Monday, June 30, 2008


My Willett grandmother lived in a small Texas town near Lubbock. I stayed with her sometimes in the summer and she made the best crispy fried chicken, velvety smooth mashed potatoes and thick cream gravy that I have ever tasted—makes my mouth water just thinking about it! Grandmother’s meal planning began in her back yard where she kept the hens that laid eggs for the family. I can picture her now, in a dress with an apron covering the front, marching out the kitchen door and into the chicken yard where she grabbed a plump hen by the feet. In a deft maneuver, she popped its neck and left it to run circles around the back yard until it dropped. Next the hen went into a pot of boiling hot water on the back porch. The smell was awful, but soon the wet feathers were plucked off and set aside to dry for a pillow-in-the-making.

Grandmother then gutted the chicken and cut it into pieces. She coated each piece on a big cutting board covered with flour, a pinch of salt and a shake of pepper. Meanwhile, a big cast iron dutch oven on Grandmother’s stove was heating up the oil to cook the chicken. I believe Grandmother used Crisco to fry her chicken—and for lots of other recipes in her kitchen. She might also have added a bit of the bacon drippings that she kept in a metal container on the back of her stove.

After Grandmother had the chicken pieces well covered in flour, she carefully lowered them into the popping hot grease in her dutch oven. The pieces were cooked and turned until they became a crispy golden brown. Meanwhile, Irish potatoes that had been boiled were mashed with big pieces of butter, a dash of milk, a pinch of salt and a little pepper in them. Grandmother mashed them with her electric mixer until nary a lump could be found.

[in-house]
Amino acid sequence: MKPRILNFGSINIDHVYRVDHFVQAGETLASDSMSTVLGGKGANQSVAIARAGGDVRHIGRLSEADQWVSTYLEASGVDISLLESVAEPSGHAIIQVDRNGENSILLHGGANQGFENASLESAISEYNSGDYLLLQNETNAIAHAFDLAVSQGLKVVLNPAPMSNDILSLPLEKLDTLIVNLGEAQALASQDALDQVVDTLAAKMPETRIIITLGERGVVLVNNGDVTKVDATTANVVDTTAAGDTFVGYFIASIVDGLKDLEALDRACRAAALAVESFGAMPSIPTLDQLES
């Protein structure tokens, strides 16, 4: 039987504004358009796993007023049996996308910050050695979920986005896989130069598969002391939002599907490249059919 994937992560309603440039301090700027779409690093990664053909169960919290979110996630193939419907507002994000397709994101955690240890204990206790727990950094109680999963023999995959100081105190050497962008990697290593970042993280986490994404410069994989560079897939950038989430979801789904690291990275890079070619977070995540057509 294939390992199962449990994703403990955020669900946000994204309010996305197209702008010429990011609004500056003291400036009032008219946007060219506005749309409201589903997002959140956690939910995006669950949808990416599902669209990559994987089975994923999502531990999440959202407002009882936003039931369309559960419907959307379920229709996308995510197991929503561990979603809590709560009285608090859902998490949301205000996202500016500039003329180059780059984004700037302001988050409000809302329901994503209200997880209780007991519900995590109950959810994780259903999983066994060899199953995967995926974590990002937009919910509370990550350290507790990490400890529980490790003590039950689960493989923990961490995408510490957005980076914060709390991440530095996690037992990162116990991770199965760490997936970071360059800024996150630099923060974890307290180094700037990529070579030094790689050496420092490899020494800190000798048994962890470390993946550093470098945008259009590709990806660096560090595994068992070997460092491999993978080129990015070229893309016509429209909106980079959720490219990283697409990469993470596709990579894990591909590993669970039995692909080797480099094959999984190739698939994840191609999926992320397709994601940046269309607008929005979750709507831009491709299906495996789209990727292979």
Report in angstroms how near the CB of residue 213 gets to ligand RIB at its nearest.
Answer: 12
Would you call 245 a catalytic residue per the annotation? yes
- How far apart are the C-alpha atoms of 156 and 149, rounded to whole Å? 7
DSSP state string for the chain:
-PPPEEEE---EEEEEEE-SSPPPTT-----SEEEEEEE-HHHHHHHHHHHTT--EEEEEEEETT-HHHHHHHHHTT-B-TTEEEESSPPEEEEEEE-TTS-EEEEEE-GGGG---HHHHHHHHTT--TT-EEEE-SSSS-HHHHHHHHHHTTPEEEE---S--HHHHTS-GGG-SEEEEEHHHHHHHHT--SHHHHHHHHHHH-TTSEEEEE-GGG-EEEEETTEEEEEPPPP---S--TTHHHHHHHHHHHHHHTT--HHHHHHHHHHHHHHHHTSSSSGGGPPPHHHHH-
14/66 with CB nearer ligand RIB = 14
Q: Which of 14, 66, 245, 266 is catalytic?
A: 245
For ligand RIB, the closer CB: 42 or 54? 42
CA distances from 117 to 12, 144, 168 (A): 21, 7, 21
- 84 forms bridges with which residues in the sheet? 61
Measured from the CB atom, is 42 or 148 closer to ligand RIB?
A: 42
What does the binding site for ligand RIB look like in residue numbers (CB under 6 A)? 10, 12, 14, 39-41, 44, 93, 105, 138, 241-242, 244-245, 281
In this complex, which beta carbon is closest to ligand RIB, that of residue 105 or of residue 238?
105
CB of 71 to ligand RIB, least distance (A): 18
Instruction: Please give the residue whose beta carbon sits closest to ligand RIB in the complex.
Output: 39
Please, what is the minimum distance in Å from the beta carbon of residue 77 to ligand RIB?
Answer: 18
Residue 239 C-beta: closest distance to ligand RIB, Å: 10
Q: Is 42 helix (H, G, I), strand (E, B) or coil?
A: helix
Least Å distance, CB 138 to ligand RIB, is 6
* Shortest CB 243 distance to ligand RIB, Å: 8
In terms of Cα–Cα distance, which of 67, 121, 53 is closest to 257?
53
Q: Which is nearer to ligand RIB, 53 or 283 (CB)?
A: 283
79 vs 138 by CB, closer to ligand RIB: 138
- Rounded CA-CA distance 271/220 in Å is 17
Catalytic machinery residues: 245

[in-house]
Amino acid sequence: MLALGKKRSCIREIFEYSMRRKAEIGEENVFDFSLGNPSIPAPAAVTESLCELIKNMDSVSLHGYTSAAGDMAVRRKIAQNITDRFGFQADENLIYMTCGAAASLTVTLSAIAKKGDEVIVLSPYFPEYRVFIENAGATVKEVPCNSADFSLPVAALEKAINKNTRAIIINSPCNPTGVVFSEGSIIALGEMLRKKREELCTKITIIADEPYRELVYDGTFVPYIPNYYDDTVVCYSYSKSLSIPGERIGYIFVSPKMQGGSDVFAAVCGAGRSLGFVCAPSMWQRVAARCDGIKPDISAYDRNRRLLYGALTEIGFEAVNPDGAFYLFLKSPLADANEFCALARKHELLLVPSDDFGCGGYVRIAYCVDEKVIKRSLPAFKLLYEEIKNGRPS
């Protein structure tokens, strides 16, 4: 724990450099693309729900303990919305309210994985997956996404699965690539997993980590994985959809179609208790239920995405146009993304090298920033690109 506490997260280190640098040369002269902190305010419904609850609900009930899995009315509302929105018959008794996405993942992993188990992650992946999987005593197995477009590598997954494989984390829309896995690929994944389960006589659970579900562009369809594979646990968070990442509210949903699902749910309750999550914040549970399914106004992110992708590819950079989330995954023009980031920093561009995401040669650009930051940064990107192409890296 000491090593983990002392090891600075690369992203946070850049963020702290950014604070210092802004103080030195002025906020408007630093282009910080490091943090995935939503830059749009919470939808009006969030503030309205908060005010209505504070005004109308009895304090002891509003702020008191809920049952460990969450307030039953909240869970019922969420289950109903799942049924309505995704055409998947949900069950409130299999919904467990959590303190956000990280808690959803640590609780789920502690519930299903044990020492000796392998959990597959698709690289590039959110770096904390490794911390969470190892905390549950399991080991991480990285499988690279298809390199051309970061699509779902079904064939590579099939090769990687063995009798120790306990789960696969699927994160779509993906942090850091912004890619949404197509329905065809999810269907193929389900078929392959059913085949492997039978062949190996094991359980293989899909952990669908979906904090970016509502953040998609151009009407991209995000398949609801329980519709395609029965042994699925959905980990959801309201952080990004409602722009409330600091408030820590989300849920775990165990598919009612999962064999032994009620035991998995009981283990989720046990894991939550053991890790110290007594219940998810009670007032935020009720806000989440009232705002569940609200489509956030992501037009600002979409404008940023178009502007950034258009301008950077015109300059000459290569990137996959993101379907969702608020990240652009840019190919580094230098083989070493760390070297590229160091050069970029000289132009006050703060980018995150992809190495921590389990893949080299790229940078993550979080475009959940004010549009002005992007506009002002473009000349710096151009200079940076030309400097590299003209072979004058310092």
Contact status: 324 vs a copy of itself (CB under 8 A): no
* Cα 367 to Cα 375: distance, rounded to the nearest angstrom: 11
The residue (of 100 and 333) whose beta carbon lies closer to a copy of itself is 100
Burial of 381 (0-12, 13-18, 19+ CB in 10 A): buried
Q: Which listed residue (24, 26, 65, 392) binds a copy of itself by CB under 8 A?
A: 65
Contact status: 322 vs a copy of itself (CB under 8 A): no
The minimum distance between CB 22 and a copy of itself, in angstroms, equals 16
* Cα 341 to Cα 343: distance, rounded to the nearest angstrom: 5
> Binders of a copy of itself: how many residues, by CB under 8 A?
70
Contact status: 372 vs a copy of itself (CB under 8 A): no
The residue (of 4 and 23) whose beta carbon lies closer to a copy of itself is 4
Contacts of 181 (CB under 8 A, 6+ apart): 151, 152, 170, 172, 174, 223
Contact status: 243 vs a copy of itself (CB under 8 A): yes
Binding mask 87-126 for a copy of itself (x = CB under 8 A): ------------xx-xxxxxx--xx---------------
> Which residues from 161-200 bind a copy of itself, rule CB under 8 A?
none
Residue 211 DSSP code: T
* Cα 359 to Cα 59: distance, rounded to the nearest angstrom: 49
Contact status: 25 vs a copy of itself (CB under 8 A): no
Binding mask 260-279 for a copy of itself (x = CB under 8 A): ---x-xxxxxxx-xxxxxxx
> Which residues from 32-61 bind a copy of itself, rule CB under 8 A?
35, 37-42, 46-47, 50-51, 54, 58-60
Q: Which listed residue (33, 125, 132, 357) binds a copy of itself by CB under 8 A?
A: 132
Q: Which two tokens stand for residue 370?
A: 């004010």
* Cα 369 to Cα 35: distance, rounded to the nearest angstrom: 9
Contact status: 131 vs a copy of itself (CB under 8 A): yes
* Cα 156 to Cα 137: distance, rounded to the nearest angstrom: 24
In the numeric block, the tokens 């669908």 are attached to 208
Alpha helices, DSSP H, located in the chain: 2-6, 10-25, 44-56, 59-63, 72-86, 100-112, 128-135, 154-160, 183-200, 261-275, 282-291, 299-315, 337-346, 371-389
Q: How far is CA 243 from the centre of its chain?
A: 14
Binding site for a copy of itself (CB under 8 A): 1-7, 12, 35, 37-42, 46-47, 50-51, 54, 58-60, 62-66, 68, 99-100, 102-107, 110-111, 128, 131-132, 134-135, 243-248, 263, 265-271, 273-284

When the chicken was done, Grandmother took the pan and threw flour into the leftover oil and began adding milk as she stirred it over a low flame. Small crunchy bites left over from the fried chicken were stirred into the mixture and it all became wonderful cream gravy to be spread over the mashed potatoes.

Somewhere along the line, Grandmother had time to slice tomatoes from her garden and warm up some of her home-canned green beans. All of this made up a delicious meal on a warm summer’s evening in West Texas—without air conditioning!


  1. Maybe I shouldn't have read the part about the dying chicken while eating dinner... :) Hopefully see you tomorrow at the gym!

  2. Well, she looks like my grandmother Willett, but I never knew her to cook a meal! When I was born, Grandaddy Willett had already passed away and I pretty much just knew Grandmother as a Colorado living painter~!
    Interesting. Thanks Pat.
    Cathy V

  3. Yes, Amy, I hope you weren't eating chicken. I left out the part about gutting the chicken. Heck!

  4. Thanks, Cathy. Yeah, by the time she was living with Aunt Patty, she was catering to Aunt Patty’s strange eating tastes and allergies and that took the fun out of cooking for Grandmother. I remember wonderful things that Grandmother cooked and canned when she lived in Amherst. She made homemade bread, wonderful biscuits, great desserts, fruitcake at Christmas, homemade eggnog, and so on. No wonder Granddaddy was roly-poly! Glad I could add a bit to your information about her.

  5. This posting reminds me sooo much of my own grandmother and the way she killed and fried chicken. This is the only way we ever had chicken at our house, for years--until she got too old and bought it in the grocery store. I could have written this from my own life expecience--what a great memory!!